In today’s issue, I’m going to share with you how to learn from customers and why it’s critical for innovation.
Focusing on solving a complex problem from a technologists or experts position often leads to failure.
According to HBR 70% to 90% of corporate innovation projects fail. And, in today’s world companies often need to innovate at 18 month to 3 year cycles to remain competitive.
Unfortunately, most people focus on solving a problem from their own thoughts and knowledge rather than understanding the problem from a users perspective.
When they do this, they risk spending precious time and resources ‘innovating’ without getting to the core of the matter.
This is where learning from people (customers/users/staff) comes in.
Build the right thing, before building it right
While there’s no guarantee that human-centred design will be a ‘golden ticket’ for a successful startup or innovation project. Research can and does uncover critical insights that inform how you might build the right thing.
Here’s 4 important aspects to understanding a problem:
- Develop curiosity
- Immerse yourself
- Look to the edges
- Derive insight
Curiosity is a way of approaching the world. It is a deep desire to know, see or experience to learn.
Having a ‘beginners mind’ is essential. Think of a beginners mind as approaching the world as if you are on holiday. That feeling that everything is new.
Because, when we are trying to understand someone elses world we suffer from the ‘curse of knowledge’. We see things from our own perspective and make assumptions.
When trying to understand a problem, immerse yourself in a users world.
What this means is that we need to build empathy for the people involved. What is their world like? What are their perspectives? Their aspirations, feelings, frustrations and desires.
To uncover this depth of information there are some tools that can help us:
- Interviews. Conduct interviews with people ideally in their usual setting (home or office). This way, they are more at ease and likely to share more revealing information.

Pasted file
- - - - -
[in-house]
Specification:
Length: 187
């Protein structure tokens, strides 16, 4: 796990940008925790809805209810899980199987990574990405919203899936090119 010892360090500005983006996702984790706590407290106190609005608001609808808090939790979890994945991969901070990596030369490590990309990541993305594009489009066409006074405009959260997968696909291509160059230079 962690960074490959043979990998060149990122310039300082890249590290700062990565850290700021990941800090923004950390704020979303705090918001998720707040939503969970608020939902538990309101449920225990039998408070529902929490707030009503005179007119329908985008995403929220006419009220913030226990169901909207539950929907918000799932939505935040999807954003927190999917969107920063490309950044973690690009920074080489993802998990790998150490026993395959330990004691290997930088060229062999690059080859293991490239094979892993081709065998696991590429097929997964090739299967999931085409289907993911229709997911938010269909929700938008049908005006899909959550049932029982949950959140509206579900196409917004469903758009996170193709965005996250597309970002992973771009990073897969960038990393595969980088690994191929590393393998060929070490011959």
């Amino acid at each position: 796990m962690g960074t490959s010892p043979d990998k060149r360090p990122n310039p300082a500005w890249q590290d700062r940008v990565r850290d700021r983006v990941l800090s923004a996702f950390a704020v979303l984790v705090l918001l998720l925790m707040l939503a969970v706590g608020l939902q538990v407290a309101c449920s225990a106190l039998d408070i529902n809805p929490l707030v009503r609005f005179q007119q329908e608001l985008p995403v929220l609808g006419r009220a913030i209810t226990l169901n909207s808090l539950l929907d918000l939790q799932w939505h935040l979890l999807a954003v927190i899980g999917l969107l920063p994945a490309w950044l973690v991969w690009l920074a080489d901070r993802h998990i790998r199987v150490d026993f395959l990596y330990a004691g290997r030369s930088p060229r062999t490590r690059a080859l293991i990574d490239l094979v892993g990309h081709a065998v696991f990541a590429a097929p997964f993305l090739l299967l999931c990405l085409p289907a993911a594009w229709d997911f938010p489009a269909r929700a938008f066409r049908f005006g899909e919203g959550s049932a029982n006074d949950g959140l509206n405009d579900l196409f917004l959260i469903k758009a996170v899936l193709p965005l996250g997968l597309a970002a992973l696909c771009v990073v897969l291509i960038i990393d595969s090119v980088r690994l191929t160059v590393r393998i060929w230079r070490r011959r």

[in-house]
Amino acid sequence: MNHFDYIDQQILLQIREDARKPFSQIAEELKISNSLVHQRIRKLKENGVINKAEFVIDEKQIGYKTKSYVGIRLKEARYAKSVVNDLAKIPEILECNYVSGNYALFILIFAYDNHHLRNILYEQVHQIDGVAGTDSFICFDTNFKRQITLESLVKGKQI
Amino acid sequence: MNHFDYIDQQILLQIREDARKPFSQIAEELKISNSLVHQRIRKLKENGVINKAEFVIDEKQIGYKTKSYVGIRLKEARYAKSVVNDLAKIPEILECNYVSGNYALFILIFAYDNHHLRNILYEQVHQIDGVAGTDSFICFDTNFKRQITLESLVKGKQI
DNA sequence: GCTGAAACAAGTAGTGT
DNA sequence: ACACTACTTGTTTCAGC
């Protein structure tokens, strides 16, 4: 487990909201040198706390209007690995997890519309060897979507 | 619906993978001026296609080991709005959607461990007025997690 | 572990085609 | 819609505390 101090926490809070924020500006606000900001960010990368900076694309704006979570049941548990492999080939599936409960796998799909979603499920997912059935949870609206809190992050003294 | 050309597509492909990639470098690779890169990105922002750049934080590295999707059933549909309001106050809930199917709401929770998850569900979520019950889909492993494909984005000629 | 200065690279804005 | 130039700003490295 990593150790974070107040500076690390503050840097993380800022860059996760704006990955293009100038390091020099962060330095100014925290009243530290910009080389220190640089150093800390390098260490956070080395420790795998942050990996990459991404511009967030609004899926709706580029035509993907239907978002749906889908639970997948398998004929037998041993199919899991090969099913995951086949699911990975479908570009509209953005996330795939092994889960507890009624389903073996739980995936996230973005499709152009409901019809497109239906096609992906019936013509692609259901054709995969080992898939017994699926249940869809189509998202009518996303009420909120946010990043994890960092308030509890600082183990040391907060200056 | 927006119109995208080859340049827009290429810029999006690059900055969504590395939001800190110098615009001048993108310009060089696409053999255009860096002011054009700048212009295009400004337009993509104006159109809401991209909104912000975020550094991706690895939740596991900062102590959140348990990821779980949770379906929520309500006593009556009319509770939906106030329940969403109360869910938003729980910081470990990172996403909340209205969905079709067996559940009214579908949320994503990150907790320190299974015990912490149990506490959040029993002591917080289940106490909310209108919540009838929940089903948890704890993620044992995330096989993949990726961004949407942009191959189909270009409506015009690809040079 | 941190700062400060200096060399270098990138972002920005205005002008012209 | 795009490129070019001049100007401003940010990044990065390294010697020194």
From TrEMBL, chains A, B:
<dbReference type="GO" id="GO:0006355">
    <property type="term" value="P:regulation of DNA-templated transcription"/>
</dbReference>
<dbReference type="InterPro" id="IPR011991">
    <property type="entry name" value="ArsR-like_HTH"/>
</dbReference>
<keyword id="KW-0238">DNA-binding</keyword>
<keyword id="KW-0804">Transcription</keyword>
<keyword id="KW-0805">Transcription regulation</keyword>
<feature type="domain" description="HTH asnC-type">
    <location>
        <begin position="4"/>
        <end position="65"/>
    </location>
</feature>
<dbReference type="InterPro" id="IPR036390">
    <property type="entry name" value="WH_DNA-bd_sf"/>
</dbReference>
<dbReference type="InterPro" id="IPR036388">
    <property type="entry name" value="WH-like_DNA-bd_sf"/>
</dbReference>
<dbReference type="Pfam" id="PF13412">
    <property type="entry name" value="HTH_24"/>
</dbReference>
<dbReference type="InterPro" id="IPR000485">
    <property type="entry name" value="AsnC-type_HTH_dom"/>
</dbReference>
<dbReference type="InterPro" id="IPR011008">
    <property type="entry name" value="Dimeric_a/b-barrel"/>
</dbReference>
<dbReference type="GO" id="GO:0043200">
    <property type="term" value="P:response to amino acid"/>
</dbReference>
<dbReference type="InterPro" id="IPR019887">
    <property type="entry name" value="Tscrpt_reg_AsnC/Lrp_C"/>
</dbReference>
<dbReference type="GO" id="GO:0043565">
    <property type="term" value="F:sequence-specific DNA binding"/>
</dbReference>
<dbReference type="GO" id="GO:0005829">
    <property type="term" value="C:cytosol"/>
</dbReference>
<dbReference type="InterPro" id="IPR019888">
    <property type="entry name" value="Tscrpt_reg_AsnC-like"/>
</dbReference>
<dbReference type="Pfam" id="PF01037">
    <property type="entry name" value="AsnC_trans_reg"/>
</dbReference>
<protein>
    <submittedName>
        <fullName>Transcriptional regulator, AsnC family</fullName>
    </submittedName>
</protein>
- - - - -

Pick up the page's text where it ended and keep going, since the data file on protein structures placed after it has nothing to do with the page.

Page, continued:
- Observations. Watch people performing a task or going about their job to gain more context of what the environmental factors are that may be barriers or enablers.
- Focus groups. Sometimes focus groups can be advantagous to see what happens between group members. However, group dyamics may need to be well managed.
Look to the edges
Whenever you are exploring an idea, there are people that sit on the fringes, the disengaged or ‘extreme users’.
Often, these people will hold interesting perspectives on how things should be done and may have even ‘hacked’ interesting ways of making something work.
People like this may point to ‘bright spots’ (things that are working) which are opportunities to amplify or leverage. They might become mainstream customers in the future.
Also, look to other industries to see how similar problems sre being solved. There is a lot to be gained from this exploration because innovation is usually a combination of existing solutions.
So, one solution that works in one context, could be helpful (with some alterations) in another context.
Most importantly, ask yourself ‘what insight can be gained from this exploration?
There are some useful tools to help us derive insight. Here are 4 of my go-to approaches:
- Affinity maps. A collection of data organised into themes and sub -themes to identify commonalities, conflicts and gaps.
- Empathy maps. Another way of gathering evrything a person saud and did, then infering what they were feeling and thinking. Importantly, what are the needs, surprises or insights.
- Journey maps. Particularly, powerful for services and the interactions between customers, staff and technology. It helps to idenntify friction points, responsibilities and critical cuccess factors.
- Jobs to be done framework (part of the value proposition innovation guide).
In summary, learning from people is where the insight will often come to inform your solution.
Take the time to do this well and gain insight will pay big dividends for your innovation project.